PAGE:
Homeless man remanded to facility in Arlington Heights stabbing
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A Cook County judge this week committed Michael Todd, a homeless man who stabbed another homeless man outside the Arlington Heights Memorial Library in December 2008, to the Illinois Department of Human Services for 21 years.
Authorities say Todd stabbed the other man because he believed the man used a racial slur against him.
In February, Judge Kay Hanlon found Todd, 55, not guilty by reason of insanity of attempted murder after forensic psychiatrist Dr. Peter Lourgos and forensic psychologist Eric Neu testified that Todd was legally insane at the time of the stabbing. On Tuesday, she found him in need of inpatient treatment at a state mental health facility to be determined by DHS. He has been housed at the Chester Mental Health Center since psychiatrists found him unfit to stand trial in May 2009.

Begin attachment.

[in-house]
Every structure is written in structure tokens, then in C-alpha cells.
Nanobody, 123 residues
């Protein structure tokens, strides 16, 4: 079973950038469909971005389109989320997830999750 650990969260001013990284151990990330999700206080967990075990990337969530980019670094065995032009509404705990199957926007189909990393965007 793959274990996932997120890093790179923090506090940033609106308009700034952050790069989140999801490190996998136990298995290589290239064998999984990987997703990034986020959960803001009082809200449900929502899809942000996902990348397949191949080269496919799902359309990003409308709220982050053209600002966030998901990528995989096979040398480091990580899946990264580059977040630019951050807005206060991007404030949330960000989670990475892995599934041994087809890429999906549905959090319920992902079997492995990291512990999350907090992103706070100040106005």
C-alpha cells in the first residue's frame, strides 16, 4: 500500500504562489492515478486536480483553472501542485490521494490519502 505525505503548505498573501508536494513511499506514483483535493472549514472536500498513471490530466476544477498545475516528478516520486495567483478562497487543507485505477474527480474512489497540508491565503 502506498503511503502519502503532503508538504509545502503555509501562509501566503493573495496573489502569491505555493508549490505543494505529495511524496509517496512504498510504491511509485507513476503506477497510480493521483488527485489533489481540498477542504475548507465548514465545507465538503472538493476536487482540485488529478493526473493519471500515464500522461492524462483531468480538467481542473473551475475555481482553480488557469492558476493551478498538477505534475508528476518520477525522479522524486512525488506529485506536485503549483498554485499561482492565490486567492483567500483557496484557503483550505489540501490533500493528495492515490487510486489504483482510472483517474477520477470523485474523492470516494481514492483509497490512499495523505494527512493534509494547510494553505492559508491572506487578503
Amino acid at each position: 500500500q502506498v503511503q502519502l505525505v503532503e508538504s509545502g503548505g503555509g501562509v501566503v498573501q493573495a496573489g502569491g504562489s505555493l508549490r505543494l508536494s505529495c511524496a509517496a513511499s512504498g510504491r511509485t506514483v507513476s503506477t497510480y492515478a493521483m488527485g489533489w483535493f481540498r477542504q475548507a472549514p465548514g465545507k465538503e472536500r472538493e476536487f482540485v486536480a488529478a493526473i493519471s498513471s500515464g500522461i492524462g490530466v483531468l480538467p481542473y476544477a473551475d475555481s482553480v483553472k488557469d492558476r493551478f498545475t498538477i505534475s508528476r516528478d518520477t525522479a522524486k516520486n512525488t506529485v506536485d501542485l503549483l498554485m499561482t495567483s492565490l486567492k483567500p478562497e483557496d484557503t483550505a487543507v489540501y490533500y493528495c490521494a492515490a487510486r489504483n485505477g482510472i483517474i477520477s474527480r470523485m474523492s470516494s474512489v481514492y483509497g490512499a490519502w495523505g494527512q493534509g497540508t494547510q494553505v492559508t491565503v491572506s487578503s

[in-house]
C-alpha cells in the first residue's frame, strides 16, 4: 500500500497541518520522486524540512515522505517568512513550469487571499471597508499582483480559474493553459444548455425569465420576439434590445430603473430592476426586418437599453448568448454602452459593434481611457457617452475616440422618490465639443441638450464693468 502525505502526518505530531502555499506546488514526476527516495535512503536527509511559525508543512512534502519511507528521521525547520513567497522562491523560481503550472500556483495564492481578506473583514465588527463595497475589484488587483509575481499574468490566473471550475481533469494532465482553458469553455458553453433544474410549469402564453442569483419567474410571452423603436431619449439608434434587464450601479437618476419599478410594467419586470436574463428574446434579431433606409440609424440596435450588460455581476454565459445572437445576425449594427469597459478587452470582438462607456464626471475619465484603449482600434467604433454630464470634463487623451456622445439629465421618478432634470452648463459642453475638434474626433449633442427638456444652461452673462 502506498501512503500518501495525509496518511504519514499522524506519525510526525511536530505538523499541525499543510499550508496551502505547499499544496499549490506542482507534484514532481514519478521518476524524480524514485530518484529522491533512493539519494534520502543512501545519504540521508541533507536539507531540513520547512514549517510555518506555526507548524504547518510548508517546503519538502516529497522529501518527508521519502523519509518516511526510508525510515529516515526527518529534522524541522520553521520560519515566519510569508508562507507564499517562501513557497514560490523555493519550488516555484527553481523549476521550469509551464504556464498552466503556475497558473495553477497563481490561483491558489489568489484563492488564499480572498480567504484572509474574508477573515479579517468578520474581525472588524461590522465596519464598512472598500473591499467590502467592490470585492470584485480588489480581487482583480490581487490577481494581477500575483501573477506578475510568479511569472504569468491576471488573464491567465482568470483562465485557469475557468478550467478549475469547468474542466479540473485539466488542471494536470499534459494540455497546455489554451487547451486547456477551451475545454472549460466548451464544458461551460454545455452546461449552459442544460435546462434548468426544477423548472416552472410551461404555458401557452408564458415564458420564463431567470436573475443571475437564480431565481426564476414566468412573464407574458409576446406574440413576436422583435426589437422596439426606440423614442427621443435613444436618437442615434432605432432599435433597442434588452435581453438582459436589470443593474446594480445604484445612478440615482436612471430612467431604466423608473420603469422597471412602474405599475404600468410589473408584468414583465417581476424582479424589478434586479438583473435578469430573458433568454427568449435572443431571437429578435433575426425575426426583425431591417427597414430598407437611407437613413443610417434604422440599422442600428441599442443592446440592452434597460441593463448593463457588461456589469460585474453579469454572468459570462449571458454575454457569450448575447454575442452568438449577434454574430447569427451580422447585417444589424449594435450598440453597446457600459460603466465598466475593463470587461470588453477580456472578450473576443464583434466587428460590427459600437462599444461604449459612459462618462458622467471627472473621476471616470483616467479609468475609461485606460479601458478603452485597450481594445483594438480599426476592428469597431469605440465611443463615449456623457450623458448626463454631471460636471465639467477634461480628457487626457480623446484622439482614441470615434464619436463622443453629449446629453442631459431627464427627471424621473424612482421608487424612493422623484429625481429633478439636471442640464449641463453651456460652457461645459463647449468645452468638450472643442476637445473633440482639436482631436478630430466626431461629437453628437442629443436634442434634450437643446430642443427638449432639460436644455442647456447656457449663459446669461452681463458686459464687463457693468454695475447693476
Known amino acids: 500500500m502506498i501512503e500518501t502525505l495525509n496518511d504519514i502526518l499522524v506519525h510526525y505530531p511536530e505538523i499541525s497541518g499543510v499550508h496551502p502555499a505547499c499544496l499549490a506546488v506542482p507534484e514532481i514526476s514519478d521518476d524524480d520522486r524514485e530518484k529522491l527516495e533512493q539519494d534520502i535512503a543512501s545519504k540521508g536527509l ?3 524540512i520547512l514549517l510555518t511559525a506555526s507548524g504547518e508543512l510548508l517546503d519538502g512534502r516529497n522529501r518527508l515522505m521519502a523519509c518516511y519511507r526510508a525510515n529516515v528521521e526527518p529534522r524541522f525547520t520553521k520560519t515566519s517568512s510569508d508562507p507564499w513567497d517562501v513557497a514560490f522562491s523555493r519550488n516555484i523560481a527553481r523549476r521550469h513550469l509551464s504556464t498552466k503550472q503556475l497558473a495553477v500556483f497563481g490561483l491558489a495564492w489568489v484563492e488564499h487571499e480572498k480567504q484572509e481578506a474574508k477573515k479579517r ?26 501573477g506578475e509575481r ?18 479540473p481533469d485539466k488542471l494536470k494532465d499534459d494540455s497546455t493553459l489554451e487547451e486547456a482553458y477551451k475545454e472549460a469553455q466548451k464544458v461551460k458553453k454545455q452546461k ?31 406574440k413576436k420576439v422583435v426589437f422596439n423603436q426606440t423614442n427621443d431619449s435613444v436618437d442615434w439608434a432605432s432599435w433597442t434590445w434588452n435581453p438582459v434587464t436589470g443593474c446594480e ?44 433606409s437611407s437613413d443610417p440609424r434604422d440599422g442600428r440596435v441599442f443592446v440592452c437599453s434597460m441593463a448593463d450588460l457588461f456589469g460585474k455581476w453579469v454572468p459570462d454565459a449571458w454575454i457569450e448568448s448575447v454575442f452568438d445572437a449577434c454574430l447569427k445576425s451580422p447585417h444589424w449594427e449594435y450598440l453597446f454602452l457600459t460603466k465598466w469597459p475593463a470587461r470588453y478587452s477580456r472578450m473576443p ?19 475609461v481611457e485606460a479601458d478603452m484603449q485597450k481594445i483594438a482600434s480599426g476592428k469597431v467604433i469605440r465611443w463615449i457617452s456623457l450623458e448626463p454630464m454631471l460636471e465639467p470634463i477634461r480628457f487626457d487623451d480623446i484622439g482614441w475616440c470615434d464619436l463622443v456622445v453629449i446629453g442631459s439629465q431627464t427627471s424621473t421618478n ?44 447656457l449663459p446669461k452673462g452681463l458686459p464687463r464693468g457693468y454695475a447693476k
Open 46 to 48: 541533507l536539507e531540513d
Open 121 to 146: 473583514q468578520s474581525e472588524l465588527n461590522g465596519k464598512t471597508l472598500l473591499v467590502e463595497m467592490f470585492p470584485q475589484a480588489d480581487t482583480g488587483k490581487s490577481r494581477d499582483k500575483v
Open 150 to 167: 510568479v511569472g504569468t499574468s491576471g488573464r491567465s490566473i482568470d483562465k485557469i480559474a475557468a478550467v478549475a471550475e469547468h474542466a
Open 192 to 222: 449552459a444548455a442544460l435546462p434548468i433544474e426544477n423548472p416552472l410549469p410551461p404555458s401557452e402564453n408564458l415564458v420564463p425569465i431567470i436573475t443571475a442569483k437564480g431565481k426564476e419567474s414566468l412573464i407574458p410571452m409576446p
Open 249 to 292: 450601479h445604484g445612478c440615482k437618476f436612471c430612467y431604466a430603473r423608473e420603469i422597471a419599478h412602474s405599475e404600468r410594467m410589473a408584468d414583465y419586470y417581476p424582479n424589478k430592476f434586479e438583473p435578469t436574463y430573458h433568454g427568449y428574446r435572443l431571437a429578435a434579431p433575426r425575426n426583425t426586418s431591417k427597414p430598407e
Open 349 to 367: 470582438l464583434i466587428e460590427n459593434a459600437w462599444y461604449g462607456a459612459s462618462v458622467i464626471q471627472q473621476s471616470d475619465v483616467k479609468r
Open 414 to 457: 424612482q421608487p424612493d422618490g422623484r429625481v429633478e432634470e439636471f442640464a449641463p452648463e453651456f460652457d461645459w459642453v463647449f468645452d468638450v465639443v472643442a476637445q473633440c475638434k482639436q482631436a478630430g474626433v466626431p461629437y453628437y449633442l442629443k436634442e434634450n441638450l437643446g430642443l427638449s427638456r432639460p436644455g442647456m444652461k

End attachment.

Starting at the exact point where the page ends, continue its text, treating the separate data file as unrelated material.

Todd's background includes half a dozen hospitalizations for mental health issues dating back to 1971.
Lourgos diagnosed Todd with schizoaffective disorder, characterized by delusions, bipolar condition, paranoia and feelings of persecution, among other symptoms. Lourgos, assistant director of forensic clinical services for the Cook County circuit court, testified that records show Todd has refused to take his medication and that Chester officials had to obtain a court order to medicate him. Lourgos also testified that Todd has shown no improvement despite changes in his medication.
At an earlier hearing, Lourgos cited Todd's history of violence and homicidal ideations as reasons for an involuntary commission to DHS.
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